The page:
New SOL Requirements Cause Controversy

Joel Alexander, Entertainment Director

photo provided by Rachel Singleton
Sophomore Hannah Singleton studies for her upcoming history SOL.

Last week, Fauquier County Public Schools rolled out a newsletter to all teachers explaining that the longstanding Standards of Learning (SOL) requirements have changed. These changes include a dramatic decrease in the number of SOL tests that each student will have to take in order to graduate. Along with the decrease, the new policy alters the final exam exemption policies already in place by adding passing the SOL tests as a factor to whether students must take a final exam.

Before this policy, students had to complete six SOL tests to achieve a standard diploma and nine SOL tests for an advanced diploma. However, this new policy lowers both numbers down to five. The number of courses that students have to take is the same, but the number of SOL tests has been drastically reduced.

“What the state School Board has passed does limit and reduce the number of tests that the current Freshmen will have to take,” Superintendent David Jeck said. “The new Profile of a Virginia Graduate requires far fewer tests. For the incoming Freshmen, it will be a very different landscape for them.”

Most people, including Jeck, see the benefits that reducing the burden of SOL test-taking could create. Jeck has been very outspoken in his skepticism for the multiple-choice standardized test system of operation.

“A multiple-choice standardized test is one way to measure learning. We get that,” Jeck said. “What’s happened nationwide is it’s on steroids. We’ve taken one measure of learning and made it the thing that we judge everything by. That’s not right because students learn differently and they show what they learn differently.”

Jeck’s sentiments are shared by many of the students at Fauquier High School. Senior Charlie Mulliss appreciates the benefits that SOL tests bring, but agrees upon the skepticism regarding the schools’ reliance on them.

“The idea of a standardized set of what people should be taught is a good idea to advance knowledge,” Mulliss said. “The tests are the problem, since they have a narrow landscape of what good test-taking skills are.”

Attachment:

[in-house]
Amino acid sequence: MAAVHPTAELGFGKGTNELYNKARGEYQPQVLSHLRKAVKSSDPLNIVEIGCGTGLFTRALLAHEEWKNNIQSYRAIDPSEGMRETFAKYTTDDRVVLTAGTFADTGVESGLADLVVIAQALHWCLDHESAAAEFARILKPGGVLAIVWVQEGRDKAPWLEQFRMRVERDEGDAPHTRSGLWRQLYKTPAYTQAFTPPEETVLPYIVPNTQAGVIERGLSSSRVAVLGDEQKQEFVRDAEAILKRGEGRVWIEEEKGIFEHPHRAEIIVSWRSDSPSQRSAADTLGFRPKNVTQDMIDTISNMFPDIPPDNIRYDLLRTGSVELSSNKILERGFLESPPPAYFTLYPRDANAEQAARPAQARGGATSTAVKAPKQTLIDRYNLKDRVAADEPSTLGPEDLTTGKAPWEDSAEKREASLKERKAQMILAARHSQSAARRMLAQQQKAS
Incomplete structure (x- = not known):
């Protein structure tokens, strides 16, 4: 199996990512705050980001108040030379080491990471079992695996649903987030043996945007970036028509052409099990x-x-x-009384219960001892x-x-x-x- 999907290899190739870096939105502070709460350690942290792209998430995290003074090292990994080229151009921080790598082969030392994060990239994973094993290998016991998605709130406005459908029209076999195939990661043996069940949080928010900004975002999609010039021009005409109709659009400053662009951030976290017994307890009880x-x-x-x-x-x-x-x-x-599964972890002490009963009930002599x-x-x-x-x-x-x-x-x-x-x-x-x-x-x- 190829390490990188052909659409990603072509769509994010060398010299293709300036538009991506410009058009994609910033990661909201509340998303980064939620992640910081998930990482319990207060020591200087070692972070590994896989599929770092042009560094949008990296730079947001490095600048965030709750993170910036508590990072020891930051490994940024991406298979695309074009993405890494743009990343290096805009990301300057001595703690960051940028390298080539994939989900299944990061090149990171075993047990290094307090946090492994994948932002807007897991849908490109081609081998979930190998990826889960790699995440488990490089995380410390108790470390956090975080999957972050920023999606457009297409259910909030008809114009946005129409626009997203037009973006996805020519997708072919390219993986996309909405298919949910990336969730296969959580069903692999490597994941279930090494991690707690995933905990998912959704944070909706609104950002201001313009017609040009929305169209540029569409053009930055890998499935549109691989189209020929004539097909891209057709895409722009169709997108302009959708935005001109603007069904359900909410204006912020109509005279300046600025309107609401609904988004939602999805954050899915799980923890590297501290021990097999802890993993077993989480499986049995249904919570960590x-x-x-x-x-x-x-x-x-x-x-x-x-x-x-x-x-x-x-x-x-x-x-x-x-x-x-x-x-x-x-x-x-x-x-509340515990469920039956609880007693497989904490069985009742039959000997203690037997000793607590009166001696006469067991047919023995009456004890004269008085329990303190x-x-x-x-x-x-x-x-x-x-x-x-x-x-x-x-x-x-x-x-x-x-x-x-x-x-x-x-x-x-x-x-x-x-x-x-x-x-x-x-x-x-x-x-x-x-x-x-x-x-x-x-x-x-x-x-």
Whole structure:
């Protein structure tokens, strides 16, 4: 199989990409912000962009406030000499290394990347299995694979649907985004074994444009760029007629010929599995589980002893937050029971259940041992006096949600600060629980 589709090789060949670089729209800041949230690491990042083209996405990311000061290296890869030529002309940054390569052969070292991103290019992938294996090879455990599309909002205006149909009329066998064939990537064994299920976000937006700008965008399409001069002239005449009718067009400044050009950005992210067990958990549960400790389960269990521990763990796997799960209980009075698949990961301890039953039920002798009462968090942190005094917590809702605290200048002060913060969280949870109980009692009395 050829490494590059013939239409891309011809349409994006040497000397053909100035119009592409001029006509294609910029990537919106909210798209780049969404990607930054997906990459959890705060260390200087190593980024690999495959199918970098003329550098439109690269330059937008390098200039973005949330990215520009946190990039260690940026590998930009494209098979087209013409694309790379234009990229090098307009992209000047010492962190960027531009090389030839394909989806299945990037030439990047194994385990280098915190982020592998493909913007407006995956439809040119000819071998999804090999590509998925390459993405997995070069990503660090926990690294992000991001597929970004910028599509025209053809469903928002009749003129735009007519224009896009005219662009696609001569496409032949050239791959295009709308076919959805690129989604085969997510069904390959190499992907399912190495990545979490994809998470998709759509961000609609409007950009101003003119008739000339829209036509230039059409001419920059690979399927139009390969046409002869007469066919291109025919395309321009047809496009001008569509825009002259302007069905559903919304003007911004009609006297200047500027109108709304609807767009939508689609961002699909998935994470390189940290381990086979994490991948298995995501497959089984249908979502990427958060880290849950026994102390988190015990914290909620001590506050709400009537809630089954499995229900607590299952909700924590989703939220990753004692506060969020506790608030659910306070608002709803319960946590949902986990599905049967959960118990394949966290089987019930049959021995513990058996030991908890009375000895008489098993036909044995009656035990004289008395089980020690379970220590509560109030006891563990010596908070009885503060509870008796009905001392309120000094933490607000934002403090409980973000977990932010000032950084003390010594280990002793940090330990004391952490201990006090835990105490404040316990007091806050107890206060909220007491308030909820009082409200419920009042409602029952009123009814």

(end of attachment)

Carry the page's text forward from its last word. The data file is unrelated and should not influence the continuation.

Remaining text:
Following this logic, many people support the policy because it will reduce the amount of testing that, in their opinion, exhibits bias. However, Jeck has also stated that teachers need to keep their priorities straight when it comes to the new policy.

“We are always going to have the standards. That’s what’s supposed to be taught.” Jeck said. “The way we assess them, that’s what’s changed. If there’s a catch to this it’s that teachers got to remember, and principals and superintendents have to remember that we still have to teach to 1,865 standards.”

The other facet of the new SOL policy regarding the exam exemptions is far more controversial than the decreasing of required SOL tests for graduates. Many teachers and students prefer the previous policy based off of absences and grades than the new one that includes the SOL test.

“If we’re going to go with this policy, I’d still like to see it tied to absences,” Pfeiffer said. “So let’s say you pass the SOL, and you have three or four absences, maybe you’re exempt. But it does seem a little unfair to have someone with a boatload of absences and a very low grade get out of the exam by passing the SOL.”

Many students and teachers do not consider themselves fans of the SOL testing system, so this comes as good news to many of them. However, some teachers have criticized the new program for not treating all subjects with equal importance.

“I see why it’s necessary in some fields,” Fauquier High School history teacher Ron Pfeiffer said. “I vehemently disagree with it as a blanket policy. I think there should have been some level of flexibility with regards to subject.”

This is a valid complaint that is not addressed by the newsletter that was sent out last week to all staff of Fauquier County High Schools. Jeck also realizes that this is an issue that needs to be looked into.

“I don’t see the exemption policy changing,” Jeck said. “When I was a principal, and this is going back nearly 20 years, if you passed the SOL, then you passed the exam, and then we had a scale. If you got a 400 to a 450, then you got an 80; if you got a 450 to a 500 then you got a 90–it was kind of like that. We were way ahead of the game, even back then.”

The new SOL policies still contain many facets that need to be worked out, but many still agree that it will be a step in the right direction for the future of standardized testing in FCPS.

“This means that for incoming freshman, their teachers should have more flexibility in terms of the way they teach–giving kids more opportunities to be active learners, collaborate with their classmates, and to participate in authentic service-based projects or project-based learning.” Jeck said. “There should be more opportunities for those current freshmen as they move through to do different things, to learn differently, etc. That should be the biggest change.”